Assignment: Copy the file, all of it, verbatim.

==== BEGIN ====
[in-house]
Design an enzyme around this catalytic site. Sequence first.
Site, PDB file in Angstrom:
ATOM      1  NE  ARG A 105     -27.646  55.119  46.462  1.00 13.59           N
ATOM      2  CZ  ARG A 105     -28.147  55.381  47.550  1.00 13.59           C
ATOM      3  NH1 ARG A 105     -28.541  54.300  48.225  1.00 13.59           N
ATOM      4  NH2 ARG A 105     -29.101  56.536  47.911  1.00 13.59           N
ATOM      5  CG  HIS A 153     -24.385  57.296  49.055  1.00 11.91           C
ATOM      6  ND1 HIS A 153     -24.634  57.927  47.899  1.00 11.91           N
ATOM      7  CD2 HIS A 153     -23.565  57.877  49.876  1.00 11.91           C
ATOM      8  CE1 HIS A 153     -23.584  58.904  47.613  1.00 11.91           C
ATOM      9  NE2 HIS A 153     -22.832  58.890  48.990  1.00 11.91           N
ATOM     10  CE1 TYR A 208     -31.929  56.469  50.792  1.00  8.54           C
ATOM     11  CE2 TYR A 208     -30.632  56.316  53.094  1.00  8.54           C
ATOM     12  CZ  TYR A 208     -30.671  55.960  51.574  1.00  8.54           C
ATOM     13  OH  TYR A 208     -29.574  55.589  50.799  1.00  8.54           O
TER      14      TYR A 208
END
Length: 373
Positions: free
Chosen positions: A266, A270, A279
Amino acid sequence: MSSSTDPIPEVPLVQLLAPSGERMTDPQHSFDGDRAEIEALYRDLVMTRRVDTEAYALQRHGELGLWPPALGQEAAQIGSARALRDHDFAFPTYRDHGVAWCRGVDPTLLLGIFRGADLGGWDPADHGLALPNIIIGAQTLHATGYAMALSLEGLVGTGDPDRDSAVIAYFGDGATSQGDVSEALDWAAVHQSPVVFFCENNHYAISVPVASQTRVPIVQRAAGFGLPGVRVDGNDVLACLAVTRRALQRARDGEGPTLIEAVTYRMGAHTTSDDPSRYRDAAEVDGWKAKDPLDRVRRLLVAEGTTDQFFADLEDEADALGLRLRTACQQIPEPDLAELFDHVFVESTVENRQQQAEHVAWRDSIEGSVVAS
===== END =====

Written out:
[in-house]
Design an enzyme around this catalytic site. Sequence first.
Site, PDB file in Angstrom:
ATOM      1  NE  ARG A 105     -27.646  55.119  46.462  1.00 13.59           N
ATOM      2  CZ  ARG A 105     -28.147  55.381  47.550  1.00 13.59           C
ATOM      3  NH1 ARG A 105     -28.541  54.300  48.225  1.00 13.59           N
ATOM      4  NH2 ARG A 105     -29.101  56.536  47.911  1.00 13.59           N
ATOM      5  CG  HIS A 153     -24.385  57.296  49.055  1.00 11.91           C
ATOM      6  ND1 HIS A 153     -24.634  57.927  47.899  1.00 11.91           N
ATOM      7  CD2 HIS A 153     -23.565  57.877  49.876  1.00 11.91           C
ATOM      8  CE1 HIS A 153     -23.584  58.904  47.613  1.00 11.91           C
ATOM      9  NE2 HIS A 153     -22.832  58.890  48.990  1.00 11.91           N
ATOM     10  CE1 TYR A 208     -31.929  56.469  50.792  1.00  8.54           C
ATOM     11  CE2 TYR A 208     -30.632  56.316  53.094  1.00  8.54           C
ATOM     12  CZ  TYR A 208     -30.671  55.960  51.574  1.00  8.54           C
ATOM     13  OH  TYR A 208     -29.574  55.589  50.799  1.00  8.54           O
TER      14      TYR A 208
END
Length: 373
Positions: free
Chosen positions: A266, A270, A279
Amino acid sequence: MSSSTDPIPEVPLVQLLAPSGERMTDPQHSFDGDRAEIEALYRDLVMTRRVDTEAYALQRHGELGLWPPALGQEAAQIGSARALRDHDFAFPTYRDHGVAWCRGVDPTLLLGIFRGADLGGWDPADHGLALPNIIIGAQTLHATGYAMALSLEGLVGTGDPDRDSAVIAYFGDGATSQGDVSEALDWAAVHQSPVVFFCENNHYAISVPVASQTRVPIVQRAAGFGLPGVRVDGNDVLACLAVTRRALQRARDGEGPTLIEAVTYRMGAHTTSDDPSRYRDAAEVDGWKAKDPLDRVRRLLVAEGTTDQFFADLEDEADALGLRLRTACQQIPEPDLAELFDHVFVESTVENRQQQAEHVAWRDSIEGSVVAS